Air Canada Altitude is the program for frequent fliers, operated within the airline. The highest tier is Super Elite. I’ve never had elite status with Air Canada, but I’ve had it with all of the major US carriers (United, American, Delta, and Alaska). This makes me qualified to compare Air Canada to other US carriers. It’s like looking at Canadian credit cards and their American counterparts – always very interesting.
Now, Aeroplan is the points program of Air Canada. They are two separate companies. This actually means when you earn miles on a ticket with Air Canada, they are actually purchasing miles from Aeroplan to put in your account. As well, unless you’ve been living in a cave, the programs are splitting up in 2020, although I wouldn’t panic.
Additional Reading: Will I Still Be Collecting Aeroplan Miles?
Short of being top-tier, I don’t find anything less than Super Elite significantly valuable, so I’m going to focus on that in this post.
Earning Air Canada Elite Status
To earn Super Elite status, you must fly either 100,000 miles or 95 segments on qualifying tickets. As well, there is a revenue requirement of $20,000 CAD, which is halved for non-Canadian residents. These requirements are per calendar year.
Many would say that Air Canada has been very tough on lower value passengers. I would agree with them. It is impossible to achieve top tier without meeting the revenue requirement, which must be from tickets issued on Air Canada stock or certain Air Canada flights.
The US carriers with revenue requirements, which are United, American, and Delta, all have methods to waive the required revenue through co-branded credit cards. Since Air Canada can’t issue points earning cards due to the Aeroplan contract, for most point collectors getting Super Elite status is out of the question.
Benefits of Air Canada Altitude Elite Status
Here are the main benefits on flights:
Baggage, boarding, check-in, reservations, waitlists, security, you name it – Super Elite gets you all of those. Even when choosing your meal onboard.
- E-upgrade credits
These can be used only on Air Canada flights, on mid-tier fares. Lower class fares and award tickets require a steep co-pay.
- Star Alliance Gold Status
This gives you reciprocal benefits on all other twenty-something Star Alliance carriers, including lounge access, baggage, and priority benefits
- Access to Concierges
Some concierges are probably the best employees at Air Canada. They are invaluable for issues that happen with flights – delays, tight connections, bags, lost items, and so on. They’re available to passengers on international business class, but only Super Elites have 24 hour phone access and can use them on domestic and transborder itineraries.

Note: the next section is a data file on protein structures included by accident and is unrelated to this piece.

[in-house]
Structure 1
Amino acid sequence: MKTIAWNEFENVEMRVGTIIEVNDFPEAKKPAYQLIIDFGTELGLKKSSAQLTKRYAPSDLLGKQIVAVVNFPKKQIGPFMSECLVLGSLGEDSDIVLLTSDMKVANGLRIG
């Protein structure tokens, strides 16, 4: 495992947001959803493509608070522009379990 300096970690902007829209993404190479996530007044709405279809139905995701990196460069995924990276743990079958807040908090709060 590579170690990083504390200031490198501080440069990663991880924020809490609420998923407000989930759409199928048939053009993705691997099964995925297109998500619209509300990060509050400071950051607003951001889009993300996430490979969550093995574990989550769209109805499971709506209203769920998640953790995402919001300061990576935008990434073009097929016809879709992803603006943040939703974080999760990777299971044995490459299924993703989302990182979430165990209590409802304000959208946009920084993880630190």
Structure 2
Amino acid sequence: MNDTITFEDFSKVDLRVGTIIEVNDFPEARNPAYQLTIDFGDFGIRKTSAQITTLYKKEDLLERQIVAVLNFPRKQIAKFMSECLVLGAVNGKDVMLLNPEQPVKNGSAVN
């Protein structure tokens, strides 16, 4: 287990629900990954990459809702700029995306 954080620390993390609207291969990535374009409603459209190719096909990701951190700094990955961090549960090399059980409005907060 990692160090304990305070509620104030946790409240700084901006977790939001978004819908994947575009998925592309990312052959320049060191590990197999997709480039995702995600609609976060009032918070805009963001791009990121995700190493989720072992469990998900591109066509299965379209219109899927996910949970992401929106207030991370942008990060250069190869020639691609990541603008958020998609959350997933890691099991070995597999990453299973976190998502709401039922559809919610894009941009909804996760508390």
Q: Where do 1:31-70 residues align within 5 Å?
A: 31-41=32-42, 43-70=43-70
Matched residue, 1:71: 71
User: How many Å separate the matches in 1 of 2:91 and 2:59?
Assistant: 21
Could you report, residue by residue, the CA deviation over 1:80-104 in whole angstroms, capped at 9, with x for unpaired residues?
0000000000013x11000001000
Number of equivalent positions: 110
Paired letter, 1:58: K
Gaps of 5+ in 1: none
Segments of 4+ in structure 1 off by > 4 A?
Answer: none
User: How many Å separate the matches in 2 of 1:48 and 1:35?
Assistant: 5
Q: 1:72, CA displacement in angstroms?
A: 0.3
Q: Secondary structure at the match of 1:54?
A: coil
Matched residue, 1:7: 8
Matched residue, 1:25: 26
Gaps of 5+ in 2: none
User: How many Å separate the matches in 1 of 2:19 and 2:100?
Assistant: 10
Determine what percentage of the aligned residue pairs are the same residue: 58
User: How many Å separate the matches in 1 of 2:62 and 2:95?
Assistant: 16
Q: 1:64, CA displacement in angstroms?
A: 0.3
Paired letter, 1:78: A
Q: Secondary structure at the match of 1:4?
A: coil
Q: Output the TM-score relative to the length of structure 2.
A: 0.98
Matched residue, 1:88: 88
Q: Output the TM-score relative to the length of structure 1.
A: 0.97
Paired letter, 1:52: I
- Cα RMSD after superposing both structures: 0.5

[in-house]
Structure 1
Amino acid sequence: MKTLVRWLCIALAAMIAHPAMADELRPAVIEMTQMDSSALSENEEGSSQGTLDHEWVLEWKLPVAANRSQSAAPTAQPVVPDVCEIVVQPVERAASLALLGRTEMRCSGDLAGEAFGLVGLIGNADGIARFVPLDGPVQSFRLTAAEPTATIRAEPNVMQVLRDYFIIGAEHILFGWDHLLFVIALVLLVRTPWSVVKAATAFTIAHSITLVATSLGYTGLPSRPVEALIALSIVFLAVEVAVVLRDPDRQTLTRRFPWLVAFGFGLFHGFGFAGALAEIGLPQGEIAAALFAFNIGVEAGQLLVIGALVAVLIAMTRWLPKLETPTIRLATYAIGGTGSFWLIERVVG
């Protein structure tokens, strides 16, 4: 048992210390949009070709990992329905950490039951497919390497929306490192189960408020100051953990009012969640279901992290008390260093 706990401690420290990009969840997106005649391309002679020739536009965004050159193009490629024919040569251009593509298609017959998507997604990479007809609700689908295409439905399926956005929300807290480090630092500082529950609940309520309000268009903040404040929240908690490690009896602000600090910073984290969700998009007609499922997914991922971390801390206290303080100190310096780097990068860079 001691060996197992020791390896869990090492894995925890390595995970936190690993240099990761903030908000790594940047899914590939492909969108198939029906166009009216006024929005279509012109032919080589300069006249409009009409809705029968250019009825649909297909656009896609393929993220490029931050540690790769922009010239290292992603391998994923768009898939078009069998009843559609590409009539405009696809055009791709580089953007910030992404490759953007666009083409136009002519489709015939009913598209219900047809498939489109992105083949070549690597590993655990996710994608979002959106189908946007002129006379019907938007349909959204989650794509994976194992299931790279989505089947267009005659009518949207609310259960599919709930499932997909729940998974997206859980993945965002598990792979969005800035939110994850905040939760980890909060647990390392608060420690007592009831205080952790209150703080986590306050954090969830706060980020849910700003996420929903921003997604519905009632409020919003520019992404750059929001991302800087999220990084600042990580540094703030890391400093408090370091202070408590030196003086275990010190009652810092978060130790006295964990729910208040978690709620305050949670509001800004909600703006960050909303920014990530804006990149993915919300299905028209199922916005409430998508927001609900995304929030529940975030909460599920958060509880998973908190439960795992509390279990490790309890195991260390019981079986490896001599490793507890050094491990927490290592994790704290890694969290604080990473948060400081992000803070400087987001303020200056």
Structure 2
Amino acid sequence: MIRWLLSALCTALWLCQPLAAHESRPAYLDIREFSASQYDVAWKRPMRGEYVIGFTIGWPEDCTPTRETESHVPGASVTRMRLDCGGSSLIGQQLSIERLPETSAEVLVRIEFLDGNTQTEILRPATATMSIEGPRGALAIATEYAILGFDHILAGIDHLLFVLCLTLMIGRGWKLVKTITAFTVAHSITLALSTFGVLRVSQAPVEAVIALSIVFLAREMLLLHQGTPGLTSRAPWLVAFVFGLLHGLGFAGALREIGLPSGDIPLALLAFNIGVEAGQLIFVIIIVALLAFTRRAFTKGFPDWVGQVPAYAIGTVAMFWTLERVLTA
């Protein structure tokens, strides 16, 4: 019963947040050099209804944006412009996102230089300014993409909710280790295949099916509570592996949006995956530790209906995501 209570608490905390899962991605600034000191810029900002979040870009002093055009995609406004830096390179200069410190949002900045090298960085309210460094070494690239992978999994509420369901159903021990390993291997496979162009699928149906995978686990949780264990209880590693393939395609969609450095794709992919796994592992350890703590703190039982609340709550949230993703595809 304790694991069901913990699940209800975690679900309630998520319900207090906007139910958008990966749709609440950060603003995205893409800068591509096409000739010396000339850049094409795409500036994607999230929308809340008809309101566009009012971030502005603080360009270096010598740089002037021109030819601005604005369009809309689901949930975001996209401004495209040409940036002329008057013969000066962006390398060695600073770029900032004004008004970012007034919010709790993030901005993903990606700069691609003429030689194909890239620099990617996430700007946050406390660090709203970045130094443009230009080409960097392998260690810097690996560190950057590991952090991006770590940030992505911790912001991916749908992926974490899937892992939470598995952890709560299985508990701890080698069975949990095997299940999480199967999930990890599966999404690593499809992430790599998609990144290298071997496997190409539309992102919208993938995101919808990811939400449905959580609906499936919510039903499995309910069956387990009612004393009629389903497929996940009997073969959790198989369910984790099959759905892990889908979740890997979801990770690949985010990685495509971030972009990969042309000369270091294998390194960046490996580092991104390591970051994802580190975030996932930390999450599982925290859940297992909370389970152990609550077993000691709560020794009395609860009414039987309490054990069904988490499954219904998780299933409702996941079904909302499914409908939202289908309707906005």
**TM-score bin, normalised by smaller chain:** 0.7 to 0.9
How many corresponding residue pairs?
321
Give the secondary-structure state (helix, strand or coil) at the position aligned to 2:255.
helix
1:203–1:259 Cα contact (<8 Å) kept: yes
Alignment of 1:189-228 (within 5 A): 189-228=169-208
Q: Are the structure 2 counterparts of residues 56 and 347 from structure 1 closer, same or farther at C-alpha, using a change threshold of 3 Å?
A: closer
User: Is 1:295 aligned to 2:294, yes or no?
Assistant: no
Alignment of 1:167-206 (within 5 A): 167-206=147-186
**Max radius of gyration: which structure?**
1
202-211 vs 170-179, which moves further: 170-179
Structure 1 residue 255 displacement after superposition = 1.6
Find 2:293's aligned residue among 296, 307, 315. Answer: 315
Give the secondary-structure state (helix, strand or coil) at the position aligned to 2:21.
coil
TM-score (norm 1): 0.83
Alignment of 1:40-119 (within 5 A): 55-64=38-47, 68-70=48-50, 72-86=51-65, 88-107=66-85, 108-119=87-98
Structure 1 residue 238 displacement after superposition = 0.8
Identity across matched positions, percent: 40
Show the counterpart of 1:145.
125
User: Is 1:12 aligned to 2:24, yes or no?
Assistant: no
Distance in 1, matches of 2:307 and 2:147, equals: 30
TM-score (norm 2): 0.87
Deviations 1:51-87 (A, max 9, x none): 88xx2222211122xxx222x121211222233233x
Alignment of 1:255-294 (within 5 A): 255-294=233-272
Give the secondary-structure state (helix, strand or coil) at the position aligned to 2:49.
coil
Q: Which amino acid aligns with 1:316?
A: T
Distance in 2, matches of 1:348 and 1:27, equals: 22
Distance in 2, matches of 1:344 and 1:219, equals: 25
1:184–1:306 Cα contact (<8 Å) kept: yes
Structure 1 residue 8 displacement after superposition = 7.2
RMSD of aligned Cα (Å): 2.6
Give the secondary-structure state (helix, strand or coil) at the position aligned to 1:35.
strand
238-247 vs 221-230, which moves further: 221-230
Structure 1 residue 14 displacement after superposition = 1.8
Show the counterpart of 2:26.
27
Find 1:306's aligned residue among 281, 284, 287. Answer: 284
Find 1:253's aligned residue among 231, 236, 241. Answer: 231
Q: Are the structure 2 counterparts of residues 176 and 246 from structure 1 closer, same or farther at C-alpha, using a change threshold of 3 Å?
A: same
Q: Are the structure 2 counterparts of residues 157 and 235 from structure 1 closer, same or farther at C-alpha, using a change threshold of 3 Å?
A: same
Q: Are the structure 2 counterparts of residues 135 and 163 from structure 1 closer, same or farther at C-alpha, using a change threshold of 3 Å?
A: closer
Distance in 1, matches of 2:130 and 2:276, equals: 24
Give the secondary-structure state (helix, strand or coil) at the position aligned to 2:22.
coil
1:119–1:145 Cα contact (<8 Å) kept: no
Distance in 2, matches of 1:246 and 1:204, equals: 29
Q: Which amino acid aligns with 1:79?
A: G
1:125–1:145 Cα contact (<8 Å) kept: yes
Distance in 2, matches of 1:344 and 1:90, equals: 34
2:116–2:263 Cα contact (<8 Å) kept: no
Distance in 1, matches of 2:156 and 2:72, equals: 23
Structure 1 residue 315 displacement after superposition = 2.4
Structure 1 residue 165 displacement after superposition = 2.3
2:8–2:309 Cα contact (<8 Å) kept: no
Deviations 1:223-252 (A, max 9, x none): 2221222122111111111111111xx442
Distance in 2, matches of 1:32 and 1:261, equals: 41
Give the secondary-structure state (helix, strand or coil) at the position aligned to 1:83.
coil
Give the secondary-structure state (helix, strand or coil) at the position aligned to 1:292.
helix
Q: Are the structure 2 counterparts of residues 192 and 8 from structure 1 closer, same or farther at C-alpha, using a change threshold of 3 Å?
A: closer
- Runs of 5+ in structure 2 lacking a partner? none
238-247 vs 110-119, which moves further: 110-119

The benefits with earning and redeeming miles are weaker, but there are two very valuable items:
- Fuel Surcharge waiver on Air Canada flights
The taxes and fees with redemptions on Air Canada can run upwards of a thousand dollars, so if you want that direct flight, you can save a lot.
- IKK Priority Rewards
Priority rewards allow redeeming for any unsold economy class seat and any business class flights which have upgrade availability, for the same costs as any other redemption. Super Elites are permitted ten of these per year. This is invaluable if you want direct flights or there’s just no award availability at all.
This is extremely useful on something like Vancouver to Toronto three months out. There might be one or two flights available in I class, but upgrade space (R) will be much more plentiful – which means you can IKK an award.
Emulating Super Elite as a Points Collector
Since the majority of my flights are award redemptions in business or first class, e-upgrades, baggage, lounge access, and boarding aren’t an issue. I can’t really place a value on meal priority, other than the feeling that you’re better than others. It’s also easy to get free bags and priority boarding through credit cards and other airlines offering easier routes to status.
Vancouver has excellent international connectivity, so I’ve never been stuck on flying Air Canada. That’d happen if I lived in a city like Saskatoon, but I don’t thankfully (sorry Saskatoon). I also don’t much travel within Canada, and even less so on paid tickets, so a lot of the benefits that you would get as a Super Elite I’m not really missing out on.
Concierge access is available if you have an international business class ticket, although I hear from friends that they are very useful in IRROPS and domestic/transborder flights and much better than the average call center agent.
Air Canada Altitude in the Future
What’s going to be most interesting in the coming years, is that right now, Air Canada doesn’t like low value customers, in my opinion. They’ve reduced benefits these customers get, which might be fine as an airline and an elite program.
However, with a loyalty program, there are going to be a lot of low-value customers who just get one credit card or accrue the occasional activity. But that’s not how this sphere works.
Since they are taking back their loyalty program, they have to realize that revenue generators of these programs are largely from financial issuers with partner or co-branded credit cards. If you’re program isn’t as good as everyone else’s, you’re just going to lose market share.
If your program has something consumers see as unfair, or pull a switcheroo on any aspect of the program, the reputation of your program will tank. Just look at Air Miles.